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Preface. Acknowledgements. List of Contributors. Part 1: Introduction and contemporary issues. 1. Maps and the internet: An introduction (M. Peterson). 2. Geographic information literacy and the world wide web (J. Krygier, D. Peoples). 3. Maps on the web (W. Cartwright). 4. Dissemination of census and other statistical data through web maps (C.P.J.M. van Elzakker, F. Ormeling et al.). 5. Internet cartography and official tourism destination web sites (E.R. Richmond, C.P. Keller). 6. The internet, cartographic surveillance, and locational privacy (M. Monmonier). Part 2: Technical development. 7. Developing cartographic applets for the internet (A. Herzog). 8. GIS for everyone: The common GIS project and beyond (G. Andrienko, N. Andrienko, H. Voss). 9. Beyond serving maps: Serving GIS functionality over the internet (Bin Jiang). 10. Peer-to-peer sharing of cartographic data and software (Bin Li). 11. Online cartography with XML (I. Zaslavsky). 12. Webmapping with scalable vector graphics (SVG): Delivering the promise of high quality and interactive web maps (A. Neumann, A.M. Winter). 13. A standards-based architecture for multi-purpose publishing of geodata on the web (L. Lehto). 14. An intelligent software agent architecture for distributed cartographic knowledge bases and internet mapping services (Ming-Hsiang Tsou). 15. Three-dimensional visualisation on the internet (P. Ottoson). 16. Supporting wayfinding in desktop geovirtual environments (S. Fuhrmann). Part 3: Applications and user issues. 17. Mapping and internet based public transportation journey planning and information systems (P. Mooney, A.C. Winstanley). 18. From maps to student interaction: creating a web-based student atlas of Russia (J.S. Torguson, M.M. Blinnikov). 19. Historical geoinformation on the web: lessons learned from the chapter 91 pilot project (A. Giordano). 20. Web-based multimedia GIS: exploring interactive maps and associated multimedia information on the internet (S. Hu). 21. Internet, maps and public participation: contemporary limits and possibilities (S. Caquard). 22. Cartography, virtual reality, and the internet: integrating abstract models of the environment via the internet (R.G. Cammack). 23. QuickTime virtual reality maps for the web (W. Schwertley). 24. Telecartography: maps, multimedia and the mobile internet (G. Gartner). 25. Geodata communication on personal digital assistants (PDA) (T. Wintges). Part 4: Theoretical development. 26. The concept of cybercartography (D.R. Fraser Taylor). 27. Modelling the visualization of internet maps (L. Brodersen). 28. Foundations of research in internet cartography (M. Peterson).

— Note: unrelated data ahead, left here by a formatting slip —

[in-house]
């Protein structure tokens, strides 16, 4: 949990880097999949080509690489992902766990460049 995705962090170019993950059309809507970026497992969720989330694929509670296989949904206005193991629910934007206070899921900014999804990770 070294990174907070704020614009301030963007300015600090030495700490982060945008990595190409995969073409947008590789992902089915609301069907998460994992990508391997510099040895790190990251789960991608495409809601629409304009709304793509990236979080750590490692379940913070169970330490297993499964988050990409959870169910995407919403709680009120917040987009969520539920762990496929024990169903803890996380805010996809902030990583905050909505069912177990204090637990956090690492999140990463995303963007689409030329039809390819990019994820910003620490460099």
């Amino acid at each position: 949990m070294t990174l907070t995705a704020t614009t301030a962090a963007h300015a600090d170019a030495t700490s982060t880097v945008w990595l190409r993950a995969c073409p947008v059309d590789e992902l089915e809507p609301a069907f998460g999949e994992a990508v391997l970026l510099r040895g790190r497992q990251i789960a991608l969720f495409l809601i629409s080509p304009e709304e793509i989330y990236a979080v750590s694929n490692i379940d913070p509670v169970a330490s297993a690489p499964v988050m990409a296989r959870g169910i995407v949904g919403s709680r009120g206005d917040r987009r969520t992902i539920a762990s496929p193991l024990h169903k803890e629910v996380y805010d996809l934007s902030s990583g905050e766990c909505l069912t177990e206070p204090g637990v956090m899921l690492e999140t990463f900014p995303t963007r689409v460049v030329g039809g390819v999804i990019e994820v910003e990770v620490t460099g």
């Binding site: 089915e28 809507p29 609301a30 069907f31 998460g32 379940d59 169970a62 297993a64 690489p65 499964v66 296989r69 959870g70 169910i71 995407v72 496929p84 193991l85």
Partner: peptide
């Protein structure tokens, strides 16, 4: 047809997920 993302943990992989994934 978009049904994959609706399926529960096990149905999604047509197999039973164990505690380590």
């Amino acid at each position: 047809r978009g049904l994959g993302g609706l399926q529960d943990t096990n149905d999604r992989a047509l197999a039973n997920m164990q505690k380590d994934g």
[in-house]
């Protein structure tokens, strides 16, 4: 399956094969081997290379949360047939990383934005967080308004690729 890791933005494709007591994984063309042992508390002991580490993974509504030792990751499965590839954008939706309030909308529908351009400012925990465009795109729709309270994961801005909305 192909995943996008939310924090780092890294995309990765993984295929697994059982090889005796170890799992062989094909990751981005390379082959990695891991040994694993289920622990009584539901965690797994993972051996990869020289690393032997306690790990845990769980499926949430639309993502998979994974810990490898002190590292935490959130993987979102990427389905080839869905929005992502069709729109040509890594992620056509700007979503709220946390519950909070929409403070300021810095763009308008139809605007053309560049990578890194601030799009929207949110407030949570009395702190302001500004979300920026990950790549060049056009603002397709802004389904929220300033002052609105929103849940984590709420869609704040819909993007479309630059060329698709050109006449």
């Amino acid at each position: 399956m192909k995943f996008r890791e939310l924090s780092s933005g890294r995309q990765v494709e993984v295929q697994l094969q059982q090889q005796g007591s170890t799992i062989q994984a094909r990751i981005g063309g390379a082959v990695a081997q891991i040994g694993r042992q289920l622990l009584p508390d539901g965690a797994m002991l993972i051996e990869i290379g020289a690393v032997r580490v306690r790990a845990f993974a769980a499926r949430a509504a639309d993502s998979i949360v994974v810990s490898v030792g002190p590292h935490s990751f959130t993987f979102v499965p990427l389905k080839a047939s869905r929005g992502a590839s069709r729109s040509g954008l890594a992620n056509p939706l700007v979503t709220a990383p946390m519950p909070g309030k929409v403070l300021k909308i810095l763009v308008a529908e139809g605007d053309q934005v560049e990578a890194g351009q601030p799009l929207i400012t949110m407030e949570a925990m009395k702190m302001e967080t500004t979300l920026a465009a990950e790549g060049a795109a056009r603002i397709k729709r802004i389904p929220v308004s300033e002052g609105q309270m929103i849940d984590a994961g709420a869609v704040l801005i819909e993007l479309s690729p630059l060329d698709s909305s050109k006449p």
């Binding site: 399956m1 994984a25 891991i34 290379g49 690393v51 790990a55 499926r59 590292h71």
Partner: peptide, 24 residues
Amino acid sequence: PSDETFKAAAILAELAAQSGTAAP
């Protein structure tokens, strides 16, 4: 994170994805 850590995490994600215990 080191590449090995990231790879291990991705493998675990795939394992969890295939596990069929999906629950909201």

This book examines a new trend affecting cartography and geographic information science. Presenting the work of over 30 authors from 16 different countries, the book provides an overview of current research in the new area of Internet Cartography. Chapters deal with the growth of this form of map distribution, uses in education, privacy issues, and technical aspects from the point of view of the map provider - including Internet protocols such as XML and SVG.
Many see the Internet as a revolution for cartography. Previously tied to the medium of paper and expensive large-format color print technology, maps had a limited distribution and use. The Internet made it possible to not only distribute maps to a much larger audience but also to incorporate interaction and animation in the display. Maps have also become timelier with some maps of traffic and weather being updated every few minutes. In addition, it is now possible to access maps from servers throughout the world. Finally, the Internet has made historic maps available for viewing to the public that were previously only available in map libraries with limited access.
- No. of pages:
- © Pergamon 2003
- 24th October 2003
- eBook ISBN:
@from:R. Williams @qu:...This book takes us through the decade or two in which mapping through the internet has advanced from the primitive to state of the art. ...let us enjoy this book, which brings together chapters from 37 authors and 16 different countries. @source:Journal of the International Map Collectors'Society IMCOS @from:S. Miller @qu:...The book is also recommended as an excellent addition to any library and a very useful resource for university courses in cartography, geography, geomatics and related areas. @source:Spatial Science @from:J. Boothby @qu:...There are lessons in this book which go far beyond immediate technological inventiveness, especially where the design of education curricula is concerned. @source:Landscape Research
Department of Geography/Geology, University of Nebraska, Omaha, NE, USA